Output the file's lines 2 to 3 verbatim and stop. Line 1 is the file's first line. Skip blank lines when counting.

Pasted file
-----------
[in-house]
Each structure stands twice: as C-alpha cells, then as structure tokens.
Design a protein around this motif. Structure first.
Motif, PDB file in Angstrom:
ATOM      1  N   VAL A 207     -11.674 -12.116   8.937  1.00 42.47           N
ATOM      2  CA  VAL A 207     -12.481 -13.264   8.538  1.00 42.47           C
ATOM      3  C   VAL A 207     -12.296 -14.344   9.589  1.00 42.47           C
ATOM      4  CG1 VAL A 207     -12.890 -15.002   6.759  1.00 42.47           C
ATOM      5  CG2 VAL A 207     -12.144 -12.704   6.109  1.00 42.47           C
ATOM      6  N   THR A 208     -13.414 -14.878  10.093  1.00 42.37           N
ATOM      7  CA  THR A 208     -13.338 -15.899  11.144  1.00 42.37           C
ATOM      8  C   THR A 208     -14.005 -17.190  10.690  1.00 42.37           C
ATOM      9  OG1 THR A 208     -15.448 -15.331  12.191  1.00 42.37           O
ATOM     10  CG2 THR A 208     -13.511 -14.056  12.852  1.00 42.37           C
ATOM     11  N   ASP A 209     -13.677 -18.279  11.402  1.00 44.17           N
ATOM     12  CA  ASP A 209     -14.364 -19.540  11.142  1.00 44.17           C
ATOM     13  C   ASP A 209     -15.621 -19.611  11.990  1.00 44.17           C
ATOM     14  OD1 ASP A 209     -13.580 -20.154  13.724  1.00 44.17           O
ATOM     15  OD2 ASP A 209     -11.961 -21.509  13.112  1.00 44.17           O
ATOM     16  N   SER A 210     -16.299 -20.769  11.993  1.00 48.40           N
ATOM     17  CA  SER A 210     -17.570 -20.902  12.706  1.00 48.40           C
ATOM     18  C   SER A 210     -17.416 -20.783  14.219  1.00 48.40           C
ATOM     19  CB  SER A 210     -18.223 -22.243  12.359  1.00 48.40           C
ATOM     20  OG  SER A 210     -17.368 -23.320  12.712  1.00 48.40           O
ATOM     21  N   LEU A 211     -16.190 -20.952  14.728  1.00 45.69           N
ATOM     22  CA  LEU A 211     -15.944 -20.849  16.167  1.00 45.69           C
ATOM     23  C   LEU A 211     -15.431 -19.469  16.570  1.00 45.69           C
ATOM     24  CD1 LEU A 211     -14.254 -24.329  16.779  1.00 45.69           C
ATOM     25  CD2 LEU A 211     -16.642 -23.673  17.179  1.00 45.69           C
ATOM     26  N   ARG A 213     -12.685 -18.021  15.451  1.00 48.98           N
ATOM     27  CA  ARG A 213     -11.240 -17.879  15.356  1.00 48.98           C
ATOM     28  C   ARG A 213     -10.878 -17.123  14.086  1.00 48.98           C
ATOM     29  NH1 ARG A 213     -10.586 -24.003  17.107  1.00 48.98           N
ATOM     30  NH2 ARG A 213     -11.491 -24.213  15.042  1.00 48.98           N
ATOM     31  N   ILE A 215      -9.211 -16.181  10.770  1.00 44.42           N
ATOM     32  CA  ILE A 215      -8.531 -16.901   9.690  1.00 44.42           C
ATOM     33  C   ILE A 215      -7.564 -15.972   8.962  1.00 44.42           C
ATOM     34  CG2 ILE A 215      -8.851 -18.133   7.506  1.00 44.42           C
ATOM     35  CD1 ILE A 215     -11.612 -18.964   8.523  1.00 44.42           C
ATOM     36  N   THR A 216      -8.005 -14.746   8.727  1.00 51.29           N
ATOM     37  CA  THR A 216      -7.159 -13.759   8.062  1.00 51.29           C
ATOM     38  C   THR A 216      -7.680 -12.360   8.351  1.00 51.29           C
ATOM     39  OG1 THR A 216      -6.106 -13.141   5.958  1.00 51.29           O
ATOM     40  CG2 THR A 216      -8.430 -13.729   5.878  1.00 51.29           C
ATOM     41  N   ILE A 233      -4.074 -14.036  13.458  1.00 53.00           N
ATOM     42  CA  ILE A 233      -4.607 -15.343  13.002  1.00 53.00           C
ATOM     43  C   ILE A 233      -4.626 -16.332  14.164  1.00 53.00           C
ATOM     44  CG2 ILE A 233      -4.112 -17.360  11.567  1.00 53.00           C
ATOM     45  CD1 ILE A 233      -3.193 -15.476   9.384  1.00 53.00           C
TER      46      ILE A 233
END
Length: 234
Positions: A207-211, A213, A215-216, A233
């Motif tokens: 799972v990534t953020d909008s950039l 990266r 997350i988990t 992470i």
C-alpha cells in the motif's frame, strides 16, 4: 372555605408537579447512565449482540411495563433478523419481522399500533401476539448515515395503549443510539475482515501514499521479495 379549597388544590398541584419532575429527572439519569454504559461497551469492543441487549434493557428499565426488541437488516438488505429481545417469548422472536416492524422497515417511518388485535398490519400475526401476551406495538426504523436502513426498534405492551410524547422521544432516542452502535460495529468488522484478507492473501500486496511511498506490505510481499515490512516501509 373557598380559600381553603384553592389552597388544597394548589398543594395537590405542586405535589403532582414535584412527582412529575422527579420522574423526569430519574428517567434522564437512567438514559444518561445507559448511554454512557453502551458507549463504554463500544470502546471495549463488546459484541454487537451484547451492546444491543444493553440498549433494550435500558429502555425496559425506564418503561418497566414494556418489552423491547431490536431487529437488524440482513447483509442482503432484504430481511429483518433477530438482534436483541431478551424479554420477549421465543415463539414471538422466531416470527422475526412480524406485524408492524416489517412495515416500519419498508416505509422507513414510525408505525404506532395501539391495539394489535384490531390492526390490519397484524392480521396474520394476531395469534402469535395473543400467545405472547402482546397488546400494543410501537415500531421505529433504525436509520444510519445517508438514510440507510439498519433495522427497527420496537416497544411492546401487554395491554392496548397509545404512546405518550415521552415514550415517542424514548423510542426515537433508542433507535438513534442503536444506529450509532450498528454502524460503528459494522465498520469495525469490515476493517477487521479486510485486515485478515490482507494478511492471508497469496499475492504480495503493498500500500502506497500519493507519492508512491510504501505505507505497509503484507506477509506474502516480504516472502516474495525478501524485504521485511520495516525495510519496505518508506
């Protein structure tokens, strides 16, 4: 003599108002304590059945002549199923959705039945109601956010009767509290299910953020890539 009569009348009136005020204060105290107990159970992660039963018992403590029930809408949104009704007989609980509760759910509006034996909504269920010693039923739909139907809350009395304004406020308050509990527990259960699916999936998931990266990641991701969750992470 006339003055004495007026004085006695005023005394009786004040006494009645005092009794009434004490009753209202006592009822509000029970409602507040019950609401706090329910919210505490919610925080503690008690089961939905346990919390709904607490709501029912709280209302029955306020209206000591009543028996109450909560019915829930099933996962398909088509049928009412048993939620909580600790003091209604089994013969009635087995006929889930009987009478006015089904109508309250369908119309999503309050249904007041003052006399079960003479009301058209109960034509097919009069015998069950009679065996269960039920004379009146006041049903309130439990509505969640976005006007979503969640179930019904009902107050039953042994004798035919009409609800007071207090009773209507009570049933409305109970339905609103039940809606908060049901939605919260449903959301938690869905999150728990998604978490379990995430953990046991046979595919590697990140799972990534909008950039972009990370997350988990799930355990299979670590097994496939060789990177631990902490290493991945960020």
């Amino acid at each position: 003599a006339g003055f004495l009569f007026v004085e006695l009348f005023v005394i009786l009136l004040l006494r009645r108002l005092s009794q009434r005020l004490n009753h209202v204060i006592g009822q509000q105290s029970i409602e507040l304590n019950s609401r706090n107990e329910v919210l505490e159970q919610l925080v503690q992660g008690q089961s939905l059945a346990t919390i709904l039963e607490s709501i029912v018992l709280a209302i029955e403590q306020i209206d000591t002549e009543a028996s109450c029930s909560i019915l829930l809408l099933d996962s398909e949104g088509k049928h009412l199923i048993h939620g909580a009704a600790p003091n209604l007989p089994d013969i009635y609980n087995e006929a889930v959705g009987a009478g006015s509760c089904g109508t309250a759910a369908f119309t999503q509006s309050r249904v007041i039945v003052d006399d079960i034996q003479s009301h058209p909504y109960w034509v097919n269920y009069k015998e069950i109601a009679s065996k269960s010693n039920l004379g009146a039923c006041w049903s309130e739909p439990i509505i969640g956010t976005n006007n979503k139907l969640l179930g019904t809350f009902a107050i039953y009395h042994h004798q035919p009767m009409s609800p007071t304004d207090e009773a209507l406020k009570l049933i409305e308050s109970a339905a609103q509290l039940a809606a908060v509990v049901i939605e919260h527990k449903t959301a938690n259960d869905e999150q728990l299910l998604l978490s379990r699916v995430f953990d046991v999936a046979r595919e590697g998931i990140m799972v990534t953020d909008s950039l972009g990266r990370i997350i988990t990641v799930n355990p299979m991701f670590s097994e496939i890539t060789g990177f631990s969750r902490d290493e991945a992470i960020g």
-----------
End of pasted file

Each structure stands twice: as C-alpha cells, then as structure tokens.
Design a protein around this motif. Structure first.